[SVSW] Participated as a Sponsor in the Silicon Valley Space Week. Business Opportunities and Innovative Methodologies Arising from International Situation.
On October 11–14, 2022, SatNews, a media company that provides satellite business news for the military and civilian sectors, sponsored the Silicon Valley Space Week (SVSW). SVSW is an intensive conference on satellite-related business, like the World Satellite Business Week (WSBW) that we introduced before.
This is a two days program, the first half is Satellite Innovation 2022, which focuses on innovations using satellites, such as debris removal, and the second half is MilSat Symposium 2022. This event discussed security and commercial satellites. WARPSPACE was a badge sponsor for MilSat Symposium 2022. CSO Mori attended the event on-site and reported the venue.
The Potential of Optical Communications: How to Transport Big Data from Space Utilization?
MilSat Symposium 2022 featured many optical communications providers, including Skyloom, Mynaric, and Aalyria Technologies, which was founded by a group of core engineers who reunited after the dissolution of Google X. They featured a variety of presentations and discussions on the latest technologies and the future of optical communications.
Especially important among these was the panel on “Improving Secure Data Distribution using Cloud Services and Big Data in Next-Gen Ground Networks”. These panel speakers were Campbell Marshall, COO of the aforementioned Skyloom, and Dr. Brian Barritt, CTO of Aalyria Technologies.
Skyloom is collaborating with SPACE COMPASS, a joint venture of SKY Perfect JSAT Corporation and NTT, a satellite operator that provides “SKY PerfecTV”. On the other hand, Aalyria Technologies aims to provide high-speed wireless communication networks that connect the world using optical communications.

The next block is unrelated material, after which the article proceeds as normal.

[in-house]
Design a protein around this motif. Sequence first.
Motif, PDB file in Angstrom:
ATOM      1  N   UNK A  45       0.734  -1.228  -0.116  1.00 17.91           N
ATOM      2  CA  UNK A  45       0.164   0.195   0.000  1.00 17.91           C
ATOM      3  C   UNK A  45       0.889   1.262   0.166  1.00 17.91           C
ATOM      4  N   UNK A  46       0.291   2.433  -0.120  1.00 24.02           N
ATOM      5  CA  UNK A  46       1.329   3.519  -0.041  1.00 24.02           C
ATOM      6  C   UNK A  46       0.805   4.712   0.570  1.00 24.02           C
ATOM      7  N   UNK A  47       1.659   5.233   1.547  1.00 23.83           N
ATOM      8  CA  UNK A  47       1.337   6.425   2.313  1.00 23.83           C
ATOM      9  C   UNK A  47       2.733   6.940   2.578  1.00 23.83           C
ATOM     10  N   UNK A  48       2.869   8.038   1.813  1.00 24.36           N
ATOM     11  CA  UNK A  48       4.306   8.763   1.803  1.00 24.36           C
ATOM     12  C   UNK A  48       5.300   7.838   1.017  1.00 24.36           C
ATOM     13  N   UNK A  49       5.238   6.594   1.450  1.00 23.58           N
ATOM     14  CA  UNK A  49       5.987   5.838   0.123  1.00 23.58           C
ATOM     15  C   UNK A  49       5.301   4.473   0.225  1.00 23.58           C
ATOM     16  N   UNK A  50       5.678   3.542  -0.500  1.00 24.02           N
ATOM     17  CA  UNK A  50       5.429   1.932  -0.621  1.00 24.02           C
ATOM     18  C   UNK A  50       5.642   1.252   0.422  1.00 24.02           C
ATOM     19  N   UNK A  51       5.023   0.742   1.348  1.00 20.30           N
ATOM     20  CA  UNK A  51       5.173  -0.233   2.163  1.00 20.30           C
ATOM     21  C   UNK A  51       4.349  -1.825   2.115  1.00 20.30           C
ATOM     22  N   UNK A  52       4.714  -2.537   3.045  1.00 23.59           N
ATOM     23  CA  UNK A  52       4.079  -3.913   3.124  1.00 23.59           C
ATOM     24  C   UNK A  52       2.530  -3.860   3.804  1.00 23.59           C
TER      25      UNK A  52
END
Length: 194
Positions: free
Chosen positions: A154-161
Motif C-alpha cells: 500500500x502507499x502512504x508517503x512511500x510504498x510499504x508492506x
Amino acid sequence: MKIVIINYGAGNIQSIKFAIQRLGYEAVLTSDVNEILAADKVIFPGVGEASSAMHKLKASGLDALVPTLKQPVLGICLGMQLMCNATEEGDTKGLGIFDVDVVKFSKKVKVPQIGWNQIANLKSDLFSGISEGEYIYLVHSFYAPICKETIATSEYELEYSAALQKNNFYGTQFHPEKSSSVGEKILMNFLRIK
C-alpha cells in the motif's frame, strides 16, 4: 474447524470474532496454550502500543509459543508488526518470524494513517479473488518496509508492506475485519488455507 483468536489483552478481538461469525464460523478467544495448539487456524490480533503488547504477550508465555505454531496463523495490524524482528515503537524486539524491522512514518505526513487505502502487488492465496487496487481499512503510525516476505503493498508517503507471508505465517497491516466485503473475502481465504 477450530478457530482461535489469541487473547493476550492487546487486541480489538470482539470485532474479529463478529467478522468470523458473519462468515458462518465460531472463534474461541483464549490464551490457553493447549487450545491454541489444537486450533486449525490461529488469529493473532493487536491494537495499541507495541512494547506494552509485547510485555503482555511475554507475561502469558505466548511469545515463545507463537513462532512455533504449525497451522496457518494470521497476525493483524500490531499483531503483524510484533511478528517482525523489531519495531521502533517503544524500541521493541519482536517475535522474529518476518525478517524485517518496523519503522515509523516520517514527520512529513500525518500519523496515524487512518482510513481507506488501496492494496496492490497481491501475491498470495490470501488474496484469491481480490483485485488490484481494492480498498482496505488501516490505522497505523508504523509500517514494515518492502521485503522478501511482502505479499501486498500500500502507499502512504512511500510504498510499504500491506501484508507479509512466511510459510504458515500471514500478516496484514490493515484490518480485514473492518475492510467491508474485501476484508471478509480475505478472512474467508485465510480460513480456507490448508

As the title indicates, this panel was not focused on “optical communication technology” like the panel that WARPSPACE participated in at WSBW. They discussed the possibility of using optical communications as an alternative for transmitting big data such as Earth observation data, which is needed by various businesses from primary to tertiary industries, at higher speeds and with higher efficiency than ever before. In other words, the overall concept of the panel was “How do we process big data?” However, even in such an abstraction, optical communication is being discussed as an important new technology.
Other speakers included Dr. Derek Tournear, Director of the Space Development Agency (SDA), who gave a Keynote speech and also spoke on “RF Interference, Jamming, and Cyber Concerns” by Tim Deaver of Mynaric, and the launch of an optical communication demonstration satellite by Katherine Monson, COO of Hedron.
The potential of optical communication technology was discussed in various sessions. These sessions showed once again that optical communications are attracting attention as an indispensable infrastructure for future space businesses.
Geopolitics of Space Development: Electric Propulsion System Using Iodine?
Former NASA Administrator Jim Bridenstine’s Keynote Speech introduced PHASEFOUR, which is developing an iodine-based electric propulsion system as a next-generation propulsion system for deep space exploration.